March 2009 | Commentary | Risks and Rewards

Help Wanted: Seeking Qualified Logistics Professionals

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Q: As a logistics provider, I find that hiring qualified staff has grown increasingly complicated with the rise of demands such as regulatory compliance, security initiatives, and constantly changing industry standards. Why is this? What can the supply chain and logistics sector do to attract a younger generation of professionals to this field?

A: One might think that filling a vacancy in today's market would be relatively simple. The latest economic indicators suggest that the U.S. unemployment rate stands at 7.5 percent and is likely to increase to 10 percent in the near future. As you stated, however, the transportation industry appears to be increasingly concerned about having sufficient trained personnel to fill its positions.

Researchers estimate that by 2012, the logistics sector will create 170,000 new jobs. Assuming that long-term economic conditions improve, the baby boom generation will be leaving the workforce in large numbers during the next 10 to 15 years. So it is ironic that certain industries are having difficulty finding a properly qualified workforce. Attracting young professionals who are trained in international trade and transport can be a challenge.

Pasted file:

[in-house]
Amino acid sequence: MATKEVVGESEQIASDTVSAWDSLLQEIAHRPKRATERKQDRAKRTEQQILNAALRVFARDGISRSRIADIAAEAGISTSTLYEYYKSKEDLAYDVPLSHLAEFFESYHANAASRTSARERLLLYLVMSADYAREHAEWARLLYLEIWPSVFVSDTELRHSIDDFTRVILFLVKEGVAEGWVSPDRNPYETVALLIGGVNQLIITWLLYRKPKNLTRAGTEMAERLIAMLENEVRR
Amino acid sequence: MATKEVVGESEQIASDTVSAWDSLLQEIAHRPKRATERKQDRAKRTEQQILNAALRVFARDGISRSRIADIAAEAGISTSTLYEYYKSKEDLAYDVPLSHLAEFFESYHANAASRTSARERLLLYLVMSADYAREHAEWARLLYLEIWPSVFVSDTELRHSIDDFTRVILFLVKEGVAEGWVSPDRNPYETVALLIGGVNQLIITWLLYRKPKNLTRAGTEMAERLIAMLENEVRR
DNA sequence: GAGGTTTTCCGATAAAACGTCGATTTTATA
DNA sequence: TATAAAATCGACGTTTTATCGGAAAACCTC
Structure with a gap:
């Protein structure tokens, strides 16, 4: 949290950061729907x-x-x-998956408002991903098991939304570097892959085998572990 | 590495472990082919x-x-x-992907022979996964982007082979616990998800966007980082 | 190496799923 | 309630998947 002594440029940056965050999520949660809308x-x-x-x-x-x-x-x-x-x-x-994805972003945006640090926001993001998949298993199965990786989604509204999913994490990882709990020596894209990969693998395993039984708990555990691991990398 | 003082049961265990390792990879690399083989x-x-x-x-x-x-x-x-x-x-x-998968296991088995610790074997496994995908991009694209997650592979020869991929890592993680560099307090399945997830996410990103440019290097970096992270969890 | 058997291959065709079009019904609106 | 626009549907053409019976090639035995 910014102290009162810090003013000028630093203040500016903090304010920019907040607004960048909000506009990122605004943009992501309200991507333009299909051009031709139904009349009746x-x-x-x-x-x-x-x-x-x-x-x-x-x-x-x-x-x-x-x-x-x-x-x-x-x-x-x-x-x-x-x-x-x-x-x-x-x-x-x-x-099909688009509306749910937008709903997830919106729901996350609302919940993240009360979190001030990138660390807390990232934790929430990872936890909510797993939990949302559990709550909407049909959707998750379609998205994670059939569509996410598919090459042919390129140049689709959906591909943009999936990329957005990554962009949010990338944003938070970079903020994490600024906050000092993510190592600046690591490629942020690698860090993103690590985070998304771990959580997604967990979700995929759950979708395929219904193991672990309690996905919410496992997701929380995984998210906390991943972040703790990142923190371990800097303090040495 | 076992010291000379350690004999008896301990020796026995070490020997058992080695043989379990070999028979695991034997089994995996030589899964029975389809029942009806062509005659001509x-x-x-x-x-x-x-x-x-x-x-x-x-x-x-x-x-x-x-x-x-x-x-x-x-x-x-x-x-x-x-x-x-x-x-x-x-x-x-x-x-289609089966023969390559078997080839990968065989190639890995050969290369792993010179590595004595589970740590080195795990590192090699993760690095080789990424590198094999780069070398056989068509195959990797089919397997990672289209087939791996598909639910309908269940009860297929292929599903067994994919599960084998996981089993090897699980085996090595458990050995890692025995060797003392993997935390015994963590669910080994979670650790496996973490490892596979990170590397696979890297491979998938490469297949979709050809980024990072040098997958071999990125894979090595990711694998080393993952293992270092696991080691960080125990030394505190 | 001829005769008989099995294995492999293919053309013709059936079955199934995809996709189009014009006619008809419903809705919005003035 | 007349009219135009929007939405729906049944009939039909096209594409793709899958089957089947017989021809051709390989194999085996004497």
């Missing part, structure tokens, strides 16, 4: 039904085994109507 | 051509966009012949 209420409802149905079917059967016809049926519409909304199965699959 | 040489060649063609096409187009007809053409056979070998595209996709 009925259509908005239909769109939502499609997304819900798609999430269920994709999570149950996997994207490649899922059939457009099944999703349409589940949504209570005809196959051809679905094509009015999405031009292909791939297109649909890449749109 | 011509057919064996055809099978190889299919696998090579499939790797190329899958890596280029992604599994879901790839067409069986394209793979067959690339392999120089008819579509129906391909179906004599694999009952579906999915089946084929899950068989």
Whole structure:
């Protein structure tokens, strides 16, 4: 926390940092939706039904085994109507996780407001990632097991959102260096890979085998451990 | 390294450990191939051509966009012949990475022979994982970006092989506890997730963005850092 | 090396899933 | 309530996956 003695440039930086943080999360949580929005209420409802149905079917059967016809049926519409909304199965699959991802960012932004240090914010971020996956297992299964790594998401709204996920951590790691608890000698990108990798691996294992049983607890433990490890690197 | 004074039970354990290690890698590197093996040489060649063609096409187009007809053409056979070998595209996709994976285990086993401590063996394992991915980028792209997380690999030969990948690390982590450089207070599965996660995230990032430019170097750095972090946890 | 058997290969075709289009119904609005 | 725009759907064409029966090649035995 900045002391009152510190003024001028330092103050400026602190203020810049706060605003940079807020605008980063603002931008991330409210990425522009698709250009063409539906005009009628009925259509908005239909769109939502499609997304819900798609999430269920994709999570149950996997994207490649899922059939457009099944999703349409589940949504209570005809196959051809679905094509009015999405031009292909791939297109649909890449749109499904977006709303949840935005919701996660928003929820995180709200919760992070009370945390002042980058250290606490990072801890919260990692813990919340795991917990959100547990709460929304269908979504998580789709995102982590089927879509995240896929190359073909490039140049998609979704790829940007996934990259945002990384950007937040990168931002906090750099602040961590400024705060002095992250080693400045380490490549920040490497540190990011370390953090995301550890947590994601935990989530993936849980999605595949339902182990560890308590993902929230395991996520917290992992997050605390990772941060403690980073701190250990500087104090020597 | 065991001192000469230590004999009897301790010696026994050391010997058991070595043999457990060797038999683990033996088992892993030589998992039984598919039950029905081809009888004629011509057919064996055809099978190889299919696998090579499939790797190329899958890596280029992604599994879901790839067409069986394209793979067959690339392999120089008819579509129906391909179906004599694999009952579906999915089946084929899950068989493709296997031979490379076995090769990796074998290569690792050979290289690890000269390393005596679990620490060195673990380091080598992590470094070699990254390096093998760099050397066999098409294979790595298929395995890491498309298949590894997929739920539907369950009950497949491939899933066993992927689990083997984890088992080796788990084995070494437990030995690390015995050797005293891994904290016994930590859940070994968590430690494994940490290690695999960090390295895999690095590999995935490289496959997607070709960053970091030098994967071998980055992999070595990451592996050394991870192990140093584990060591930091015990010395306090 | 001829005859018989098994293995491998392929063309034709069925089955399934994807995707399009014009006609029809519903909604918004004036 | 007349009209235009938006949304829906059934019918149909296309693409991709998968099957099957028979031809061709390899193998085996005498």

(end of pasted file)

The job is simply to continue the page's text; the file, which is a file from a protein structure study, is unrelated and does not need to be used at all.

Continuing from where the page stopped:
ATTRACTING THE MTV GENERATION

A younger workforce is less likely to seek positions in this sector for a number of reasons. Transportation can be viewed as tedious and boring. It does not have the same glamour as investment banking or high-tech industries. It is not perceived as an industry commanding high salaries or promising significant career potential. In effect, the industry suffers from an image problem.

Because of changing economics, however, modernization and technology have taken hold of the logistics sector. The industrial complex that existed in this country just 50 years ago has been largely exported overseas. As a result, entire regions whose livelihood once depended on manufacturing have reinvented themselves.

To ensure they receive a steady flow of properly qualified personnel, many segments of the industry have embarked on outreach programs to expose younger students to careers in logistics.

On the college level, ports are partnering with universities to develop lesson plans in math, economics, and world trade. Degree and non-degree programs in fields such as global logistics are being developed at a number of colleges and universities, and some companies offer internships as part of interactive work-study programs.

STOCK IN TRADE ASSOCIATIONS

Programs sponsored by trade associations provide young people training in logistics operations. For example, the International Federation of Freight Forwarders Associations (FIATA) holds an annual competition in which students develop suggestions for improving some aspect of the sector. The winner of the competition is named FIATA's Young Freight Forwarder of the Year.

Today, unemployed professionals have a unique opportunity to apply their existing talents in new areas. The transportation industry's initiatives are helping to shape careers in marketing, engineering, finance, IT, and management. Efforts such as these help ensure that you will see a steady flow of qualified personnel.

Have a liability question or concern? I will try to help. Please send your questions to me via e-mail at dan.negron@thomasmiller.com.

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